The Evolution Of Jaws Based On A 325M-Year-Old Shark-Like Fossil
April 17, 2014

The Evolution Of Jaws Based On A 325M-Year-Old Shark-Like Fossil

April Flowers for - Your Universe Online

Despite having retained their basic "sharkiness" for millions of years, modern sharks have less to tell us about the early evolution of jawed vertebrates—including humans—than was previously thought.

A new study led by the American Museum of Natural History, based on the skull of a newly discovered 325-million-year-old shark-like species, reveals that modern sharks are quite evolutionarily advanced when compared to early cartilaginous and bony fishes. The findings were published in a recent issue of Nature.

"Sharks are traditionally thought to be one of the most primitive surviving jawed vertebrates. And most textbooks in schools today say that the internal jaw structures of modern sharks should look very similar to those in primitive shark-like fishes," said Alan Pradel, a postdoctoral researcher at the Museum. "But we've found that's not the case. The modern shark condition is very specialized, very derived, and not primitive."

The fossil skull of Ozarcus mapesae was collected by Ohio University professors Royal Mapes and Gene Mapes in Arkansas. The region was once an ocean basin home to a diverse marine system. The skull, and several similar specimens collected in the same location, were part of a recent donation of 540,000 fossils from Ohio University to the Museum.

The skulls of all fish species, including sharks, are segmented into the jaws and a series of arches. The arches support the jaw and the gills, and are thought to have given rise to jaws early in evolutionary history.

Shark skeletons are made of cartilage, not bone, making their fossils very fragile. Most shark fossils are found in flattened fragments, making it nearly impossible to study the shape of the internal structures. The Ozarcus mapesae specimens, however, was preserved in a nearly three-dimensional state, which allowed the research team a rare glimpse at the organization of the arches in a prehistoric animal.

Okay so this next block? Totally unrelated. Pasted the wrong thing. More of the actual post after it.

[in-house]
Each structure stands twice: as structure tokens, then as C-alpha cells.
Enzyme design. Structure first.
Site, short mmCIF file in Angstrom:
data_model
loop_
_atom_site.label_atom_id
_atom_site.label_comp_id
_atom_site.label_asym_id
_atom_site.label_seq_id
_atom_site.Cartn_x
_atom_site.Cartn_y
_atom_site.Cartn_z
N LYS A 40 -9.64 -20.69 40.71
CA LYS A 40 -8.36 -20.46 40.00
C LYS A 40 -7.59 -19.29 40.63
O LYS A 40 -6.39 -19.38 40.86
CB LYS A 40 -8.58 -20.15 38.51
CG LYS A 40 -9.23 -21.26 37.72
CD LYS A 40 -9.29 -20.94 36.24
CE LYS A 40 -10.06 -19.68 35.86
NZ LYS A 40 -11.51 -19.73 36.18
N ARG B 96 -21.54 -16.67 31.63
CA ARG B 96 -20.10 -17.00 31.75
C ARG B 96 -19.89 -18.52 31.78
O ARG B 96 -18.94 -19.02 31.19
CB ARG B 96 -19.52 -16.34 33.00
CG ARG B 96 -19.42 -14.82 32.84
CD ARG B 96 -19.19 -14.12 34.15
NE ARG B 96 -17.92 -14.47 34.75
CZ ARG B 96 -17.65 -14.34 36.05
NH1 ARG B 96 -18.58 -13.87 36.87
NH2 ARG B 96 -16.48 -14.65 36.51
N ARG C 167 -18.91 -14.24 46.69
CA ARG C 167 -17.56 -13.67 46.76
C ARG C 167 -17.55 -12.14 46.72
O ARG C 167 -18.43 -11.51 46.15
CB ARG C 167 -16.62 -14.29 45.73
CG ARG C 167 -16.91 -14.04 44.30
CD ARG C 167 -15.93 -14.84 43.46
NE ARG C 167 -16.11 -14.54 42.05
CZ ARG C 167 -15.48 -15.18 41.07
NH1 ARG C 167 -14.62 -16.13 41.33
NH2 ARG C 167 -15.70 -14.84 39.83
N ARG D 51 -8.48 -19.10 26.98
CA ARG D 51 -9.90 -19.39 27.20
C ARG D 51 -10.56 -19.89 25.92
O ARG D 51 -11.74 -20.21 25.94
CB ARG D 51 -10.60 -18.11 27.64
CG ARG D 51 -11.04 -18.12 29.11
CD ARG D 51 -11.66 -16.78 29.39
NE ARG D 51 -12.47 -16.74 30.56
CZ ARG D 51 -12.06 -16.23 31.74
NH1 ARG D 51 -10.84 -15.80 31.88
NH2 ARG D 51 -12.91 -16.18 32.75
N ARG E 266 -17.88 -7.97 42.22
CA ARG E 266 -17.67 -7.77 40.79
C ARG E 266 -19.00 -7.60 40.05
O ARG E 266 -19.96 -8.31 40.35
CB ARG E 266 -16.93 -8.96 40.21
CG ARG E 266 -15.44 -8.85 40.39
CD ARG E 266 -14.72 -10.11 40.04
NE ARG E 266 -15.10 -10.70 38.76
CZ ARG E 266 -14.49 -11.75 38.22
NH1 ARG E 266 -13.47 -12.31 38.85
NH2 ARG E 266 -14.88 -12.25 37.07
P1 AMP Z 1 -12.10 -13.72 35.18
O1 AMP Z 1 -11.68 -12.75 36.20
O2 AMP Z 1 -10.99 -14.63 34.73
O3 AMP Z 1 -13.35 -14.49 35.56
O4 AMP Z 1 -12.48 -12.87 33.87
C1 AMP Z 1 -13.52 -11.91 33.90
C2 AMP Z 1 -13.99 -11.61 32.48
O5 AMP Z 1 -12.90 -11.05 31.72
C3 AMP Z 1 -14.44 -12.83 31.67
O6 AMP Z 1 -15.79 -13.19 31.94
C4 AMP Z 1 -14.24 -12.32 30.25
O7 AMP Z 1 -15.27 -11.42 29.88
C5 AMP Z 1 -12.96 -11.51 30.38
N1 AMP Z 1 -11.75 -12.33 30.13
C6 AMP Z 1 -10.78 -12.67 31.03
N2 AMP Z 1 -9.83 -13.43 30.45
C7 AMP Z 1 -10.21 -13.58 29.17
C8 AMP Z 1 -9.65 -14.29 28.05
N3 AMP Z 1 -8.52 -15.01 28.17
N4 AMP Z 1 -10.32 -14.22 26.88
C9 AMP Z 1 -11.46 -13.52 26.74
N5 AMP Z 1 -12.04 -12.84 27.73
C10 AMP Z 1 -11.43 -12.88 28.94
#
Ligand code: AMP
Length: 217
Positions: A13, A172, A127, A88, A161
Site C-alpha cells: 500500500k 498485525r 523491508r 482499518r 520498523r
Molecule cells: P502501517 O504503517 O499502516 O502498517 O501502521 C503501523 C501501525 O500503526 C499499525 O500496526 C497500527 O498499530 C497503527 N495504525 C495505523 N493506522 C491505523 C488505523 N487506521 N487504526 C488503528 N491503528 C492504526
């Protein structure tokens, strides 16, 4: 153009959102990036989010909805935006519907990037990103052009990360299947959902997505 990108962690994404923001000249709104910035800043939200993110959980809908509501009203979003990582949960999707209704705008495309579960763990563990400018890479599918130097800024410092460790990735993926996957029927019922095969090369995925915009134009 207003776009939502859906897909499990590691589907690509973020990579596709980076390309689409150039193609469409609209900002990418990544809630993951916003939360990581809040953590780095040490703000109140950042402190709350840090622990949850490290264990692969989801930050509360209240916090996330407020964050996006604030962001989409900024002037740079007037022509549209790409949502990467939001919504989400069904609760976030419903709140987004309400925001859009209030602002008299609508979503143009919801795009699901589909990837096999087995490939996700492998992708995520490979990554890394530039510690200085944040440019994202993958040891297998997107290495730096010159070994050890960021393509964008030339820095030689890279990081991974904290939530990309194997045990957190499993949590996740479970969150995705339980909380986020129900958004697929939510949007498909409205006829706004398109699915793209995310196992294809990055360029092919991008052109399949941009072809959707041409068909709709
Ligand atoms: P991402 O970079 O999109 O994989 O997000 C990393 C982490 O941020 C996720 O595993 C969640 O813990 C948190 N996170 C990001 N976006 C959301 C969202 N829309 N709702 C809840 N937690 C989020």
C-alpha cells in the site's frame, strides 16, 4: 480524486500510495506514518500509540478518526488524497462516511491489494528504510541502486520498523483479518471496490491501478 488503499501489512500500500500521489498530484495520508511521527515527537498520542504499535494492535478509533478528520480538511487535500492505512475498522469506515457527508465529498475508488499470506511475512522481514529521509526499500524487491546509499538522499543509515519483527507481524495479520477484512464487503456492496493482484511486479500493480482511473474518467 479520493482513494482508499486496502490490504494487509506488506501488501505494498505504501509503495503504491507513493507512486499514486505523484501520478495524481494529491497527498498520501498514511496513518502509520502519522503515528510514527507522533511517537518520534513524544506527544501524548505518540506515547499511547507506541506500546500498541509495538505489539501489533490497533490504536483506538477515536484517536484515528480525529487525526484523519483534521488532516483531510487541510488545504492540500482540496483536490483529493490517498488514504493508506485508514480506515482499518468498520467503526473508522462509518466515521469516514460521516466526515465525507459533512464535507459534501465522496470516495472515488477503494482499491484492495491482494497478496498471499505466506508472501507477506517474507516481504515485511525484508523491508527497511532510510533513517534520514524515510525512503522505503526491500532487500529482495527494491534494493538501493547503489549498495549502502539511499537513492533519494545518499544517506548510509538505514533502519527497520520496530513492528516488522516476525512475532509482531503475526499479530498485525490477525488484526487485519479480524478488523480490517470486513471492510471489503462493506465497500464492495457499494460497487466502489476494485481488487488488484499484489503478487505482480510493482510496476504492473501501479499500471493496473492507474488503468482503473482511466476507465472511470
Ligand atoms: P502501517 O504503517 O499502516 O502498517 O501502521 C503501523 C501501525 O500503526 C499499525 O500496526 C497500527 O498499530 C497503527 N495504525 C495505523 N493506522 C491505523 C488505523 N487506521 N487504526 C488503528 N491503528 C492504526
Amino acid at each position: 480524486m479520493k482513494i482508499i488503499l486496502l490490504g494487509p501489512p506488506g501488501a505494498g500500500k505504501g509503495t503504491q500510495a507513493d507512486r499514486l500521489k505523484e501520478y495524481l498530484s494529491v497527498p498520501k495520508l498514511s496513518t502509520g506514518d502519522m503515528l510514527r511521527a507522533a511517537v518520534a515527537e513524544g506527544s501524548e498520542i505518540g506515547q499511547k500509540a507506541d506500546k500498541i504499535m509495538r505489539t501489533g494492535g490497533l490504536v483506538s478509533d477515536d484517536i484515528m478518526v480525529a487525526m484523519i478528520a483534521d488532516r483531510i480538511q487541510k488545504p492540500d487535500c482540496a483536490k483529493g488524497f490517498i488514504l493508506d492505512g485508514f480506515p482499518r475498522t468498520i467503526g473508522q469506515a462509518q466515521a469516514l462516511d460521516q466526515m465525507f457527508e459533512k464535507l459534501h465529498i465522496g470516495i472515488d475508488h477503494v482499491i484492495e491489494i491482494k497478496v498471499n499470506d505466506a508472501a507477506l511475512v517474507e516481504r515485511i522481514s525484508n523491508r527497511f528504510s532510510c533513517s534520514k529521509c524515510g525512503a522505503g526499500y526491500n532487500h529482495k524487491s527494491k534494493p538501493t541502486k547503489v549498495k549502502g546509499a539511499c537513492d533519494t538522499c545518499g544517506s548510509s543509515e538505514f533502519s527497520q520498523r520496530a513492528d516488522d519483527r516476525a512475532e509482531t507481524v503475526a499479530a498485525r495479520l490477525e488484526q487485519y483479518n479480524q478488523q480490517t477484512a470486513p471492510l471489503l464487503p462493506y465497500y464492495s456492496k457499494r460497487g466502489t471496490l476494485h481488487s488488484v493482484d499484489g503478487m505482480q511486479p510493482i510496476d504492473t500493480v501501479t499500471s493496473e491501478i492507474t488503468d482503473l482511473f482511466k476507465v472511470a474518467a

"This beautiful fossil offers one of the first complete looks at all of the gill arches and associated structures in an early shark. There are other shark fossils like this in existence, but this is the oldest one in which you can see everything," said John Maisey, a curator in the Museum's Division of Paleontology. "There's enough depth in this fossil to allow us to scan it and digitally dissect out the cartilage skeleton."

Pradel collaborated with researchers at the European Synchrotron Radiation Facility (ESRF) to image the skull with high resolution x-rays. This allowed him to create a detailed view of each individual arch shape and organization. "We discovered that the arrangement of the arches is not like anything you'd see in a modern shark or shark-like fish," said Pradel. "Instead, the arrangement is fundamentally the same as bony fishes."

The research team was unsurprised that these structures in sharks—which have existed for around 420 million years—would have undergone evolutionary changes. When the new findings are considered alongside other recent developments about early jawed vertebrates, significant implications for the future of evolutionary studies of this group arise.

"Bony fishes might have more to tell us about our first jawed ancestors than do living sharks," Maisey said.